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Mathieu Basille
Clément Calenge
Jodie Martin
Bram van Moorter
Vincent Tolon
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PostGIS workshop: Instructors & Lecturers

Mathieu Basille

Mathieu Basille

Mathieu Basille is an Assistant Professor in Landscape Ecology at the University of Florida's Fort Lauderdale Research and Education Center. He his primarily interested in the determinism of the spatial distributions of animal species, from fine (movement models) to large scale (distribution in the landscape) in relation to environmental features (e.g. climate change) and other species. His work lies on a strong theoretical and methodological basis using the concept of ecological niche, leading to applications for animal population management, as well as basic developments at the intersection of evolutionary ecology and behavioral ecology. His main study species are large vertebrates, such as lynx in Norway, caribou in Québec, and wood stork and sea turtles in Florida.

Anne Berger

Anne Berger

Anne Berger is a behavioral and conservation ecologist with focus on chronobiological research on wild (mostly terrestrial) animals. Since continuous and long-term measurements of behavioral or physiological data are necessary for chronobiological investigations, the major challenge at the beginning of her work was the development of wireless and low-energy tools providing such data that are usable on wildlife. She is one of the pioneers in the development and application of acceleration data on wild animals with a focus on applied conservation research.

Anne is a permanent researcher at the Institute for Zoo and Wildlife Research in Berlin, Germany, and leader of the work group "Chrono-Ecology" within the "Evolutionary Ecology" research group. Her special scientific interest is studying temporal structures in animal behavior on the basic idea of mutual interrelations between animals and their variable environment. This requires investigations on original behavioral adaptations and the temporal and spatial niches of species. She applies chronobiological algorithms to assess behavior patterns and to evaluate living conditions of animals and, thereby, she wants to develop a procedure for biorhythmic status diagnosis to identify system disorders and stress conditions of wild animals.

Also connected to Anne's research are questions about animal welfare for free living animals in extensive holding systems, and how welfare problems can be identified and solved.

David Bucklin

David Bucklin

David Bucklin is a geographer who graduated with a Master's degree from Oregon State University, completing a project focusing on remote sensing of land use change around protected areas. His professional interests are in geospatial technologies, particularly their application in conservation biology and landscape ecology. He has worked in the intersection of these fields at a conservation NGO and the University of Florida, where he worked on projects relating to threatened and endangered species' responses to climate change, including species distribution modeling, connectivity analyses, and analysis of telemetry datasets.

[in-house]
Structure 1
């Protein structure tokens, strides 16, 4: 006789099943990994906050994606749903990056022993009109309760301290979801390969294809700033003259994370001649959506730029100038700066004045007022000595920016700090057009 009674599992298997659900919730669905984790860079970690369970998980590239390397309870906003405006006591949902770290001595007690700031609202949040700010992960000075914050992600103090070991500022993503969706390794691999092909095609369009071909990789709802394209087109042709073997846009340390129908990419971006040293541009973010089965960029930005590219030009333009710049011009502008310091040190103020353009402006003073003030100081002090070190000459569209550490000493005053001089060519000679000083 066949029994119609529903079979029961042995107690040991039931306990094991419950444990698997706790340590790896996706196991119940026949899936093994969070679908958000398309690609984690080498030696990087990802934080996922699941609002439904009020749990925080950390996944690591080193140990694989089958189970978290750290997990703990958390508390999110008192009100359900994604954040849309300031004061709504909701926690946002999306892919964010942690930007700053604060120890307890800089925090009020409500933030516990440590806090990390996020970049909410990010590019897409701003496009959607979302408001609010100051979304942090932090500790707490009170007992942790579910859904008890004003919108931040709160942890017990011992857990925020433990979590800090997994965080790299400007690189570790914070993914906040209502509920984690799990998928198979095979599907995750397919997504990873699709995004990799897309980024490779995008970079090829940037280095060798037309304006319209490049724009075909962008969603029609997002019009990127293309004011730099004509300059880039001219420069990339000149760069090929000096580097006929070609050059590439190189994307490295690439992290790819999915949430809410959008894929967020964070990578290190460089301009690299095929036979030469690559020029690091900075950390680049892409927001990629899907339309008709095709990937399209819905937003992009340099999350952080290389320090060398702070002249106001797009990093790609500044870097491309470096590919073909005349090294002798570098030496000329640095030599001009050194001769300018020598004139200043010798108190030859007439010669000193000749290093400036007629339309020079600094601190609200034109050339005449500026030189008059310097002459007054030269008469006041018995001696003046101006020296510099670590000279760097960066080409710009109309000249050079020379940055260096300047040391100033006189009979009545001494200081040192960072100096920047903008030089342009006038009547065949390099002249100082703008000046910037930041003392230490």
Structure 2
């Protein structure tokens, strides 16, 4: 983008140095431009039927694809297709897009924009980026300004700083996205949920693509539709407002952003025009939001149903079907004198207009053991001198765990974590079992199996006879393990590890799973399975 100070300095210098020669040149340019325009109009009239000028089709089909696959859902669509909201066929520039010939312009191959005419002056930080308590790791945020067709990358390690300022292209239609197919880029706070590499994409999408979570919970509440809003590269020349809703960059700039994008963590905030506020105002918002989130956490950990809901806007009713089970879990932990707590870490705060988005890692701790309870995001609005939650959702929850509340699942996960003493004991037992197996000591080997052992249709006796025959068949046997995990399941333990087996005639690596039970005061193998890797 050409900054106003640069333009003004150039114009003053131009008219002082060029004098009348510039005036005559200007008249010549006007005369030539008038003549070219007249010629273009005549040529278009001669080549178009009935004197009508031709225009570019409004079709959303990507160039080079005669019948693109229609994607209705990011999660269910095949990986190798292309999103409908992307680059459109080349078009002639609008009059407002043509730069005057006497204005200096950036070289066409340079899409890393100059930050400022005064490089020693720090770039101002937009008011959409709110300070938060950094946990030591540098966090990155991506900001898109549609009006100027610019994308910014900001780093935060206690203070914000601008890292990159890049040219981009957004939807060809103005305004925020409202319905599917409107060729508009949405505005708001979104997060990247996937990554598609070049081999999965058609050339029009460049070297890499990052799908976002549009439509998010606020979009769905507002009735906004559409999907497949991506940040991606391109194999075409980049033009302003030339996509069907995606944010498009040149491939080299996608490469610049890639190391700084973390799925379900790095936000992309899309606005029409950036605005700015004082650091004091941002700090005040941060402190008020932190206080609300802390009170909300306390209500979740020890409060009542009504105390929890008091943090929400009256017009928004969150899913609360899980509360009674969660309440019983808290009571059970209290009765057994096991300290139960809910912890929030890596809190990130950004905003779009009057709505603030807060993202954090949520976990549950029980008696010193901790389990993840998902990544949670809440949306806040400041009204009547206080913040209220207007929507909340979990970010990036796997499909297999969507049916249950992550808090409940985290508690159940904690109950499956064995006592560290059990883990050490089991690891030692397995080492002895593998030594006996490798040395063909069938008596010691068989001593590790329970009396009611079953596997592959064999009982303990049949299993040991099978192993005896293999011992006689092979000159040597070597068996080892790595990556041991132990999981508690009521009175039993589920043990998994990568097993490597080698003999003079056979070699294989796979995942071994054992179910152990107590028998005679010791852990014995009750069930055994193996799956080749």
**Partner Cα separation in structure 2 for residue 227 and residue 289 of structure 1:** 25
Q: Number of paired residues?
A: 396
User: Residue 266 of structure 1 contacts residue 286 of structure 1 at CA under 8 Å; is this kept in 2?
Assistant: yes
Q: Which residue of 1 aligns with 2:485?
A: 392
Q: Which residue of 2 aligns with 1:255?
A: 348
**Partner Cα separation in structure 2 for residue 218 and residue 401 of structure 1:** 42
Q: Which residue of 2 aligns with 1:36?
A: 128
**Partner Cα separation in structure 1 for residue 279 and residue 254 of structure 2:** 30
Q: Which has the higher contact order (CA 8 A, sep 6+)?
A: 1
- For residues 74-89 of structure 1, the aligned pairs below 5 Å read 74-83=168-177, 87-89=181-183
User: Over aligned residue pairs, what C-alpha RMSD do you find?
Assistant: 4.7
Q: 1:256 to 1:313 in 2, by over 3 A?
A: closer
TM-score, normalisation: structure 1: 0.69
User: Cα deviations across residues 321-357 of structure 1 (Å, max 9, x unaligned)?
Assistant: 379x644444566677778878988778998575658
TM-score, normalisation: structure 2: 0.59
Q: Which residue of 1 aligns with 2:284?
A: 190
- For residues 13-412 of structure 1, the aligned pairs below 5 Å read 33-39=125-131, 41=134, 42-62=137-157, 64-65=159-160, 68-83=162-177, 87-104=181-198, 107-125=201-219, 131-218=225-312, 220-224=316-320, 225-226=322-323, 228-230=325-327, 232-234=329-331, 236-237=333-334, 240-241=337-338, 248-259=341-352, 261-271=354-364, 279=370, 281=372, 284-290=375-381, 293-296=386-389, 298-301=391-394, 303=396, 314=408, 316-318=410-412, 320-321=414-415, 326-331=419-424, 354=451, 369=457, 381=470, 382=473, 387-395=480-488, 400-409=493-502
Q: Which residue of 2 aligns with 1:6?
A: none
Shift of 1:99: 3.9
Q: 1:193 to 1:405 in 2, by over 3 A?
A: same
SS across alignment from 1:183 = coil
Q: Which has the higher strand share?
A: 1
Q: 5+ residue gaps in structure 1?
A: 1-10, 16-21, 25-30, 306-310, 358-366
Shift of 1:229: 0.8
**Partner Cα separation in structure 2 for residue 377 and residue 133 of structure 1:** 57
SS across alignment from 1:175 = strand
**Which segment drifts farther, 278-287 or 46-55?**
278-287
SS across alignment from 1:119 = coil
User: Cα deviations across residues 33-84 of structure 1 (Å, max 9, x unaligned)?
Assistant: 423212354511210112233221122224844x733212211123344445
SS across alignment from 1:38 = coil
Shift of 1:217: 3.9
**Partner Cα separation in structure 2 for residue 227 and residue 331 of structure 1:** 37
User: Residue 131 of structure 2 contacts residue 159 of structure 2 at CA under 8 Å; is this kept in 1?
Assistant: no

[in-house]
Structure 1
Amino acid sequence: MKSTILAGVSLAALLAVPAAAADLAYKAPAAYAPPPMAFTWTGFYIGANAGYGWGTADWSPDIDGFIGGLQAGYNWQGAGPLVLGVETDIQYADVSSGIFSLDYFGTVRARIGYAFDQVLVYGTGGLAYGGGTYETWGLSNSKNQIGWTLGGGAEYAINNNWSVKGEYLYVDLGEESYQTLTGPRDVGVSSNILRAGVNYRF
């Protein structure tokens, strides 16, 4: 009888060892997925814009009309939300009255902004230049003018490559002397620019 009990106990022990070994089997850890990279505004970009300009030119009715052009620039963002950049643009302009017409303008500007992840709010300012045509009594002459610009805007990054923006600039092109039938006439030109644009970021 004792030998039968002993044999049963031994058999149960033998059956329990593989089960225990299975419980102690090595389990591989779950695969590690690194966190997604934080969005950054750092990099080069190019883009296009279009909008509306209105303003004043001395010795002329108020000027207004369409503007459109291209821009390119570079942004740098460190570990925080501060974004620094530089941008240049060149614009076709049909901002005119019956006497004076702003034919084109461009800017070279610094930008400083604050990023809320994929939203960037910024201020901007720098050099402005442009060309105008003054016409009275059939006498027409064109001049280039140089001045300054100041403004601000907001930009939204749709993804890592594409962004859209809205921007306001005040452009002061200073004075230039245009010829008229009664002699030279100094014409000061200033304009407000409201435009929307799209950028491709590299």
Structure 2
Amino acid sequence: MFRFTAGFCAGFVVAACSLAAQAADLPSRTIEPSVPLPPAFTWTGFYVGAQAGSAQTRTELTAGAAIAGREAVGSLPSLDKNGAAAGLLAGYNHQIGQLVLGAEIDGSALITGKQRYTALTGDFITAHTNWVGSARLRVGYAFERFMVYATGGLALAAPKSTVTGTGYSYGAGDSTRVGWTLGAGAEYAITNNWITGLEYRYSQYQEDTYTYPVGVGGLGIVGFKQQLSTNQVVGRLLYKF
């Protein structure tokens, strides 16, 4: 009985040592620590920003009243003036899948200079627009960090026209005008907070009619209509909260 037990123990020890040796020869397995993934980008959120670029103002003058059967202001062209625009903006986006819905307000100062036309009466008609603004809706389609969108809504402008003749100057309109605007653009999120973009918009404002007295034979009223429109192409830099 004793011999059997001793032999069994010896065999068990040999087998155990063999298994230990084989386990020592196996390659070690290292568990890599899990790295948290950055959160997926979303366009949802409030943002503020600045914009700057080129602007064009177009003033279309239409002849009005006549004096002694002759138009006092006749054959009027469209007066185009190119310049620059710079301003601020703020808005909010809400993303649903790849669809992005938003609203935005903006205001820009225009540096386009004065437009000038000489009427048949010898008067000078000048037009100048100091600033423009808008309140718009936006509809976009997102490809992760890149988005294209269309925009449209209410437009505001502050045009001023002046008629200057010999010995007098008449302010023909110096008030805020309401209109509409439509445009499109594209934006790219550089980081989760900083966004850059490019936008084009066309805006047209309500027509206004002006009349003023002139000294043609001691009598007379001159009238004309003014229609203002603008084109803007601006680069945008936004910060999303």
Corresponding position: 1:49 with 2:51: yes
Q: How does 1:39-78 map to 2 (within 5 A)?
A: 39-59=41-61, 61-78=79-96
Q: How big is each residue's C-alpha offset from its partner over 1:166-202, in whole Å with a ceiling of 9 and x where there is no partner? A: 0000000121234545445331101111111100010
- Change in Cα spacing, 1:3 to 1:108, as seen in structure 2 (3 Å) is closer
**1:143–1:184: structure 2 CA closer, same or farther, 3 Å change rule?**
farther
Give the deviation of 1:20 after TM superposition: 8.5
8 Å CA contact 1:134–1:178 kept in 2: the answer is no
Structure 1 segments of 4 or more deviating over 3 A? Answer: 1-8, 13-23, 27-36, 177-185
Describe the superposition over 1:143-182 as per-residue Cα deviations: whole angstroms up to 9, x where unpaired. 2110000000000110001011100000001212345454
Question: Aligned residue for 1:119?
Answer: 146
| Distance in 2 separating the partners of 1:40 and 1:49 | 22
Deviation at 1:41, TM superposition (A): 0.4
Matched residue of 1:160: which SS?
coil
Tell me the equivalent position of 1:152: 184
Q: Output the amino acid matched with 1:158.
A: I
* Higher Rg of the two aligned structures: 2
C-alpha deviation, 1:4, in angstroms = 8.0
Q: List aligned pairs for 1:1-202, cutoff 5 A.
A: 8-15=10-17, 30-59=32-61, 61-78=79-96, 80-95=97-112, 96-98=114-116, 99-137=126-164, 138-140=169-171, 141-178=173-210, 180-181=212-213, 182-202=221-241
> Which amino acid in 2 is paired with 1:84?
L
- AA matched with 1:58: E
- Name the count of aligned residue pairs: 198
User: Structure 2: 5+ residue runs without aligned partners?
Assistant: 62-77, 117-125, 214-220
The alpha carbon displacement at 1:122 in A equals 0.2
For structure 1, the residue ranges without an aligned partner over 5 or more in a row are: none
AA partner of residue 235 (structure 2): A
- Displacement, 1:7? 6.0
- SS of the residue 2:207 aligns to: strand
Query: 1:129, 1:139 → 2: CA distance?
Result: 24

David currently works as a biological scientist in Dr. Mathieu Basille's lab in the University of Florida's Wildlife Ecology and Conservation Department at the Fort Lauderdale Research and Education Center, where he manages the lab's animal movement databases, and builds tools to help researchers store, access, and analyze movement and related datasets.

Francesca Cagnacci

Francesca Cagnacci

Francesca Cagnacci is a behavioral and conservation ecologist with a research emphasis on effects of climate and global change on animal spatial distribution and movement. Her research interests span management and conservation practices at different spatial scales, ecosystem services, terrestrial mammalogy, ecology of wildlife diseases and host-parasite dynamics, and adoption of humane measures for the management of problematic wildlife.

Francesca is a permanent researcher at the Research and Innovation Centre at Edmund Mach Foundation for agriculture and environmental studies, in the Italian Alps. She is also a Faculty affiliate at the College of Forestry and Conservation, at the University of Montana. She is the 2015-2016 Hrdy Visiting Fellow in Conservation Biology at Harvard University. She initiated and coordinates the bottom-up research consortium EURODEER, to share and study movement data at the distribution range of deer species, under climatic and human-impact large scale gradients. She has been leading or advising fieldwork projects for 20 years on terrestrial mammals, from rodents to large herbivores and carnivores, in a diversity of environments and conservation areas in Europe, North and South America, with a special focus on mountainous and alpine environments.